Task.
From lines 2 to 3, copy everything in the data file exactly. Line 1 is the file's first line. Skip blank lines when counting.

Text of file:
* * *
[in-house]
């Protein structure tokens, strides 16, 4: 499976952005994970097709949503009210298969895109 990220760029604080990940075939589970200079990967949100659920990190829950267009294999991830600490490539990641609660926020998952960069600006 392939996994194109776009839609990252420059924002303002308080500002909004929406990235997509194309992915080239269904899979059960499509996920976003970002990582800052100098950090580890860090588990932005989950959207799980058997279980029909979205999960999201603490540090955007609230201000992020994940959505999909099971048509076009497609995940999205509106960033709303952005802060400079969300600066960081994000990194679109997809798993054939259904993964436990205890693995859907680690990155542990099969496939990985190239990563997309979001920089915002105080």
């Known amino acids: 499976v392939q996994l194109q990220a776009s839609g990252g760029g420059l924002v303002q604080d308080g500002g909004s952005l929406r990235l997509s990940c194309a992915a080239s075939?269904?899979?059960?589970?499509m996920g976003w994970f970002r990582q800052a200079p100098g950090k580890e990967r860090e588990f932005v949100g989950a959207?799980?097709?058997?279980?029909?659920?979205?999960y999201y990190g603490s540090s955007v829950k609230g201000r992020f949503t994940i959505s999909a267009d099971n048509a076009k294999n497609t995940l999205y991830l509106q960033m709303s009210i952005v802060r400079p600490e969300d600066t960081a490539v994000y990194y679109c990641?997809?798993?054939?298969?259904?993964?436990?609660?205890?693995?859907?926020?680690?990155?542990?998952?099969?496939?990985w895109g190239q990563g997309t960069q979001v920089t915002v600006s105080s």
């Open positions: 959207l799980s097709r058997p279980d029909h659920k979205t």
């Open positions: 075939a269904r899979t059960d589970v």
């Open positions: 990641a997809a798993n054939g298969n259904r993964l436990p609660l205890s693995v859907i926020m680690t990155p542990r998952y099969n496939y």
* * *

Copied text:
């Protein structure tokens, strides 16, 4: 499976952005994970097709949503009210298969895109 990220760029604080990940075939589970200079990967949100659920990190829950267009294999991830600490490539990641609660926020998952960069600006 392939996994194109776009839609990252420059924002303002308080500002909004929406990235997509194309992915080239269904899979059960499509996920976003970002990582800052100098950090580890860090588990932005989950959207799980058997279980029909979205999960999201603490540090955007609230201000992020994940959505999909099971048509076009497609995940999205509106960033709303952005802060400079969300600066960081994000990194679109997809798993054939259904993964436990205890693995859907680690990155542990099969496939990985190239990563997309979001920089915002105080």
């Known amino acids: 499976v392939q996994l194109q990220a776009s839609g990252g760029g420059l924002v303002q604080d308080g500002g909004s952005l929406r990235l997509s990940c194309a992915a080239s075939?269904?899979?059960?589970?499509m996920g976003w994970f970002r990582q800052a200079p100098g950090k580890e990967r860090e588990f932005v949100g989950a959207?799980?097709?058997?279980?029909?659920?979205?999960y999201y990190g603490s540090s955007v829950k609230g201000r992020f949503t994940i959505s999909a267009d099971n048509a076009k294999n497609t995940l999205y991830l509106q960033m709303s009210i952005v802060r400079p600490e969300d600066t960081a490539v994000y990194y679109c990641?997809?798993?054939?298969?259904?993964?436990?609660?205890?693995?859907?926020?680690?990155?542990?998952?099969?496939?990985w895109g190239q990563g997309t960069q979001v920089t915002v600006s105080s």